Cover image for Little vampire women
Little vampire women
Messina, Lynn (Lynn Ann), 1972-
First edition.
Publication Information:
New York : HarperTeen, [2010]

Physical Description:
317 pages ; 21 cm
In this twist on Louisa May Alcott's classic tale that chronicles the joys and sorrows of the four March sisters as they grow into young women in mid-nineteenth-century New England, the girls are vampires and neighbor Laurie wants to join them.
Reading Level:
NC 1260 Lexile.
Program Information:
Accelerated Reader AR MG+ 7.4 13.0 138284.

Reading Counts RC 6-8 11. 18 Quiz: 50253.
Format :


Call Number
Material Type
Home Location
Item Holds
Y FICTION Young Adult Mass Market Paperback Popular Materials-Young Adult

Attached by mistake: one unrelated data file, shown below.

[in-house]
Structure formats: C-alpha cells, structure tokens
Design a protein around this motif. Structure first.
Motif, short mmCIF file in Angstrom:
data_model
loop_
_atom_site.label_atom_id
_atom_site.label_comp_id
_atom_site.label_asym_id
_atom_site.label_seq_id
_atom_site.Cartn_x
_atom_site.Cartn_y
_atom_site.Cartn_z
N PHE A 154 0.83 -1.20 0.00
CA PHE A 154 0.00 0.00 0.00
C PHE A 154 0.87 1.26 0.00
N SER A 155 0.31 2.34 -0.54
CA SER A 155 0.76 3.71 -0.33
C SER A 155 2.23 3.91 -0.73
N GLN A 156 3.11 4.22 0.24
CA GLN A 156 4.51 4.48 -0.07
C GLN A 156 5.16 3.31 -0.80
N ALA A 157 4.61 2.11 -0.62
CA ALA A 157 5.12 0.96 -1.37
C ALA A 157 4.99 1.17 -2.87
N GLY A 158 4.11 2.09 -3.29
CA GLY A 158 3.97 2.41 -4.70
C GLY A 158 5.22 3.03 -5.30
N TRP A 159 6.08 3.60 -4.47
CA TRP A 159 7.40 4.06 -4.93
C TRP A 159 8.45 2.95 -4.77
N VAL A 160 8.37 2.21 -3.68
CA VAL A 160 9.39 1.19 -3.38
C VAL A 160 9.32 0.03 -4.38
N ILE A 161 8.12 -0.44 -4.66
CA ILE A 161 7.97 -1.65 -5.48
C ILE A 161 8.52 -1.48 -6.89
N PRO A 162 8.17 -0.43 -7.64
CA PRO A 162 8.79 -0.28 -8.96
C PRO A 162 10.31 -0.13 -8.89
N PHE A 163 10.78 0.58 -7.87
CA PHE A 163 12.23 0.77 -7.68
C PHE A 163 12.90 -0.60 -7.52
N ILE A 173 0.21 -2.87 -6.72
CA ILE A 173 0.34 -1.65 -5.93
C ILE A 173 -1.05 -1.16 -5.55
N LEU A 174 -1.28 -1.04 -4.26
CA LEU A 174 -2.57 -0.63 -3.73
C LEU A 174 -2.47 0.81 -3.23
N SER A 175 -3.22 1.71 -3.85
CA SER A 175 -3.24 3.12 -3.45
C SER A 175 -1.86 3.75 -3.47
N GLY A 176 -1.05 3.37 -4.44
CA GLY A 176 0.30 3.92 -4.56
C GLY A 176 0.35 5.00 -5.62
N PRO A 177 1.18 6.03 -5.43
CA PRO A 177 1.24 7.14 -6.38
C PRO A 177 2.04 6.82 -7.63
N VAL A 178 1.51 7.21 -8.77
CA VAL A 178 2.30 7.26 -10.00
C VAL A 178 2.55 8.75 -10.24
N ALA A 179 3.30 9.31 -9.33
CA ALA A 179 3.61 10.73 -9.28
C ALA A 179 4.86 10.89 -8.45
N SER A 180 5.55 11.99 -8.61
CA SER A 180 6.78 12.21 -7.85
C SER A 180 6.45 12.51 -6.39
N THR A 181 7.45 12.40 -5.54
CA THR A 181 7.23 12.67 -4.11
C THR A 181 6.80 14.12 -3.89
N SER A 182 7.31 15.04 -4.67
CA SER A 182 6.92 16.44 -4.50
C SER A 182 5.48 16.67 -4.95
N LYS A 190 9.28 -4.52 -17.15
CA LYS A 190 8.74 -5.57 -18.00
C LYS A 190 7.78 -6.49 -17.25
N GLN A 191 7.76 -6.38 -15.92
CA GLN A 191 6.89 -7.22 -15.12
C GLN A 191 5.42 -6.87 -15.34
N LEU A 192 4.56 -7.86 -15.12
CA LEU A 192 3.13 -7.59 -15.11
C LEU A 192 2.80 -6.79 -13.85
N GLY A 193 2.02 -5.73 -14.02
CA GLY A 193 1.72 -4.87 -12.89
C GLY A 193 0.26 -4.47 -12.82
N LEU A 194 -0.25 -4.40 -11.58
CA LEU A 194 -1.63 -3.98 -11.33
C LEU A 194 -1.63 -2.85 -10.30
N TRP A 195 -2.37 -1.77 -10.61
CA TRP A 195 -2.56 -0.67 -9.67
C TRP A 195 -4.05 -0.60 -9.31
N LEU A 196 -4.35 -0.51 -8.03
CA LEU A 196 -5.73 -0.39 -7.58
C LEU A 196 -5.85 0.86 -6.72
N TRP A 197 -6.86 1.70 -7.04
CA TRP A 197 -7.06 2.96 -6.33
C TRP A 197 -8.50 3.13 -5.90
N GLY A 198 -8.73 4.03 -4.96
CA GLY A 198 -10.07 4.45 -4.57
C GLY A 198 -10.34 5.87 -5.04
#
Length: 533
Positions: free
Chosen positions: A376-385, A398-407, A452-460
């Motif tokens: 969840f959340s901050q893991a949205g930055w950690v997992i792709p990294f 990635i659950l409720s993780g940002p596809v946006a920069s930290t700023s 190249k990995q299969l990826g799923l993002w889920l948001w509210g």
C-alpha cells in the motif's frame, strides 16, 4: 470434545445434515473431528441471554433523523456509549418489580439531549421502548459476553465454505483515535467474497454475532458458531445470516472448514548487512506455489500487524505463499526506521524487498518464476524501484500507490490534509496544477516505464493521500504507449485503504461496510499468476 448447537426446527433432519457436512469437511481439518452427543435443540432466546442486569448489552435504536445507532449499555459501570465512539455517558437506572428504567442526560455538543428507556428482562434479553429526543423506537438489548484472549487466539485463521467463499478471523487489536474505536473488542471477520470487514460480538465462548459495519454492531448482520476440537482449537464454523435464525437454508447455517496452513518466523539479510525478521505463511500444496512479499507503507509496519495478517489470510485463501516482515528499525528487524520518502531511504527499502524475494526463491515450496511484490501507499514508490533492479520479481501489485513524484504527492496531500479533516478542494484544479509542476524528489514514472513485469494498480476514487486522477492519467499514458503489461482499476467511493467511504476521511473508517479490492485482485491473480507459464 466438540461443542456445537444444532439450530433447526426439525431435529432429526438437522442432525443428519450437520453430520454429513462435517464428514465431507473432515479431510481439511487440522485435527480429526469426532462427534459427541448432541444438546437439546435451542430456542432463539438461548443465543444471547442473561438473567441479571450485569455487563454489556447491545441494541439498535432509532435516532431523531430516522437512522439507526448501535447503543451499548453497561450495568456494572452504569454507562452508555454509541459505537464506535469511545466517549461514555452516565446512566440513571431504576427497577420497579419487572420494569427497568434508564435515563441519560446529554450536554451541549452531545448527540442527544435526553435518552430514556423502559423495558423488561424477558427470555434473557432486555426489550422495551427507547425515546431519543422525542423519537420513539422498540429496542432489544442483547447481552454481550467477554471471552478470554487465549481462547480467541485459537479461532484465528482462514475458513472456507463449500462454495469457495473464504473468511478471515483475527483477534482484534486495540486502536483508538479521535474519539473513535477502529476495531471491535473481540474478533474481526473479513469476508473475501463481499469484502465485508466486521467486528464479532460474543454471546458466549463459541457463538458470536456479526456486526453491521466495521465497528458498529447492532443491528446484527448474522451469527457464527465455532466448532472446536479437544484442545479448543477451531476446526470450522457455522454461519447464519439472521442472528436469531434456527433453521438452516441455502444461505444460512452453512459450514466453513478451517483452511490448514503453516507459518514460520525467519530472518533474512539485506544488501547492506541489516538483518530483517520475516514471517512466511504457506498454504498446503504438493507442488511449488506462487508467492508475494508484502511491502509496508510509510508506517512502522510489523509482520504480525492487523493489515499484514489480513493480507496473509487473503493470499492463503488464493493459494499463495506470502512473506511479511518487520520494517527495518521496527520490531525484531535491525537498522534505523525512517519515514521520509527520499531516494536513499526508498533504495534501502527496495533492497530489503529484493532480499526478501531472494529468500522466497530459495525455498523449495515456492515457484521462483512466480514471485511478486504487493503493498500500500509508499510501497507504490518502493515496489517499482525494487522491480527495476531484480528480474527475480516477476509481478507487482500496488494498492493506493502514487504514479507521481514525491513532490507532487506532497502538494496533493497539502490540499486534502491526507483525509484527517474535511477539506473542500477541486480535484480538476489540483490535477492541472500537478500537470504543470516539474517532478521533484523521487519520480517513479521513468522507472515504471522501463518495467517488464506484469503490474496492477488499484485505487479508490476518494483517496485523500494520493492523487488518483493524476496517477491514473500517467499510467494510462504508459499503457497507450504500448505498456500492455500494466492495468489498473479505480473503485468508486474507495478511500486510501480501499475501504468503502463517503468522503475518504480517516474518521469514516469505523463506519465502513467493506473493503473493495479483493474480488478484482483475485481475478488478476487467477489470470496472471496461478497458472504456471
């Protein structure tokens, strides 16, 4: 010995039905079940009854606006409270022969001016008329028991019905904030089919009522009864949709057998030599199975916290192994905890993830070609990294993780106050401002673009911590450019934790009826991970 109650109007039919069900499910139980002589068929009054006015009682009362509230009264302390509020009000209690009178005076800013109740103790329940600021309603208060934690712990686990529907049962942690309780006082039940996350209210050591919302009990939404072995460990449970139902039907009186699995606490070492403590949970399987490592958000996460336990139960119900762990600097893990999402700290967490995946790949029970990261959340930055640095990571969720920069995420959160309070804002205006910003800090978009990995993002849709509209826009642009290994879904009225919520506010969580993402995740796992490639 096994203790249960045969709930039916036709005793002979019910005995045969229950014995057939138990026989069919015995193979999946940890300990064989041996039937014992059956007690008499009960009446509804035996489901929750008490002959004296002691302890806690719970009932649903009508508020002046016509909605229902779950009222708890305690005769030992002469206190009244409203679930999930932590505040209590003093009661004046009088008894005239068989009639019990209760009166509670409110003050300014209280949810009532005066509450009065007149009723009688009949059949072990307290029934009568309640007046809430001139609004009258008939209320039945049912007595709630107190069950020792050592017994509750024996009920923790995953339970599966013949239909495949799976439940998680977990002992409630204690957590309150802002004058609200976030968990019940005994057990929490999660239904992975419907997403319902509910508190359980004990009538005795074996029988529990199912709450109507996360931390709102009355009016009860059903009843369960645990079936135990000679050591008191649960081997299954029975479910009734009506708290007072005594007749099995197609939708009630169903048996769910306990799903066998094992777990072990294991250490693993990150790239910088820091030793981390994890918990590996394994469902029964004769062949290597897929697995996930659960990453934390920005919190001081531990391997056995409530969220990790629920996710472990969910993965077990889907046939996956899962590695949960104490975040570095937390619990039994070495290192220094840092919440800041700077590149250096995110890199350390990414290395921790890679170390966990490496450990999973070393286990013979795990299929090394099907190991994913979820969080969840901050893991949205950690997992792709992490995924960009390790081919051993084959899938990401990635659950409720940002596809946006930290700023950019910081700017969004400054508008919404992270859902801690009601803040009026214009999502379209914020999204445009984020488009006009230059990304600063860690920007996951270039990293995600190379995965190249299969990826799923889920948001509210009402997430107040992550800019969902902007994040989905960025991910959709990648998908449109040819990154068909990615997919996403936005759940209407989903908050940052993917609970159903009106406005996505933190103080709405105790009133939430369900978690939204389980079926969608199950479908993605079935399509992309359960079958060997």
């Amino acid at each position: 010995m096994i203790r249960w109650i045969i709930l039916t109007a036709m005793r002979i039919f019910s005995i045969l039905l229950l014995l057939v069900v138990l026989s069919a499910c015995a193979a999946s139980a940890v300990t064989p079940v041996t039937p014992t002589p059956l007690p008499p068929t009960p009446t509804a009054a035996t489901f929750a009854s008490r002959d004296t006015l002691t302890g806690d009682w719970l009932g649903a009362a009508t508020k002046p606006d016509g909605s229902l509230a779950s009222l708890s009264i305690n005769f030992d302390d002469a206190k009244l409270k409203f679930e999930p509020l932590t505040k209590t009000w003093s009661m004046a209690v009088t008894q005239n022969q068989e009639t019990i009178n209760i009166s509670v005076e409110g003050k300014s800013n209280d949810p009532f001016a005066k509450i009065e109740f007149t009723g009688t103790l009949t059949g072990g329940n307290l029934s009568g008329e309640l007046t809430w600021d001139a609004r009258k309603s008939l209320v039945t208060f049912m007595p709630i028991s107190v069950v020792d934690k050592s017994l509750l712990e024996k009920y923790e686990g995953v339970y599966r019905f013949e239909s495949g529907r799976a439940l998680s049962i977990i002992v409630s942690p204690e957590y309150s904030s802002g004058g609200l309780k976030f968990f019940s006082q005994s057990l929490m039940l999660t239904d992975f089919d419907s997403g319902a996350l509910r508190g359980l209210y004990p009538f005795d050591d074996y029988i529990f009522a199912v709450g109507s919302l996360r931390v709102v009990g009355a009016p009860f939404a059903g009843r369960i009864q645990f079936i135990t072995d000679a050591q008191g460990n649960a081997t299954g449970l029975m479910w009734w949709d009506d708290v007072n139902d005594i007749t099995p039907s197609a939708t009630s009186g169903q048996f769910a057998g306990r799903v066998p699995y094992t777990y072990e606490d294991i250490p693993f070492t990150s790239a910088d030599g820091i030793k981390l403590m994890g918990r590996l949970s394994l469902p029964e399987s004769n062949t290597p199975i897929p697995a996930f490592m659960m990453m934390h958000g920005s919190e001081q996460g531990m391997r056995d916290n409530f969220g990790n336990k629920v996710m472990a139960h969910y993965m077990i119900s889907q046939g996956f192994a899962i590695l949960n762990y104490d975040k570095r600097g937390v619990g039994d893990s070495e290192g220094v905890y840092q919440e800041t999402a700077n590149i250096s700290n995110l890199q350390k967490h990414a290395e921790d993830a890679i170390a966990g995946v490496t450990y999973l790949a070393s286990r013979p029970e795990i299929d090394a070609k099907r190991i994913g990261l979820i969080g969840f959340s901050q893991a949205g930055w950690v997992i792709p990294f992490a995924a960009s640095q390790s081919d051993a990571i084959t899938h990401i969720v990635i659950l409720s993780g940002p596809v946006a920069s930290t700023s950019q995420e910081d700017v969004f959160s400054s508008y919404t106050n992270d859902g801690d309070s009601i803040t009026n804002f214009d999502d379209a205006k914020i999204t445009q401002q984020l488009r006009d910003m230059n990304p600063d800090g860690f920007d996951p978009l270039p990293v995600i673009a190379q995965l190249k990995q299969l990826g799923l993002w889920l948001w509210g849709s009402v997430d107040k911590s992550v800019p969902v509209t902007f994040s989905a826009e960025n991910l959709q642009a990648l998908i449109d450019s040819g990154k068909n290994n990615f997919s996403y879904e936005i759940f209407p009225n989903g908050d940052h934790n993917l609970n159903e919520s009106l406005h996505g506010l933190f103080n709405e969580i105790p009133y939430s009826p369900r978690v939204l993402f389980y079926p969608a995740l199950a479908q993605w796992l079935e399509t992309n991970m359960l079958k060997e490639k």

Y FICTION Young Adult Fiction Young Adult

On Order



"Christmas wont be Christmas without any corpses."

The dear, sweet March sisters are back, and Marmee has told them to be good little women. Good little vampire women, that is. That's right: Meg, Jo, Beth, and Amy have grown up since you last read their tale, and now they have (much) longer lives and (much) more ravenous appetites.

Marmee has taught them well, and so they live by an unprecedented moral code of abstinence . . . from human blood. Meg, Jo, Beth, and Amy must learn to get along with one another, help make society a better place, and avoid the vampire hunters who pose a constant threat to their existence. Plus, Laurie is dying to become a part of the March family, at any cost. Some things never change.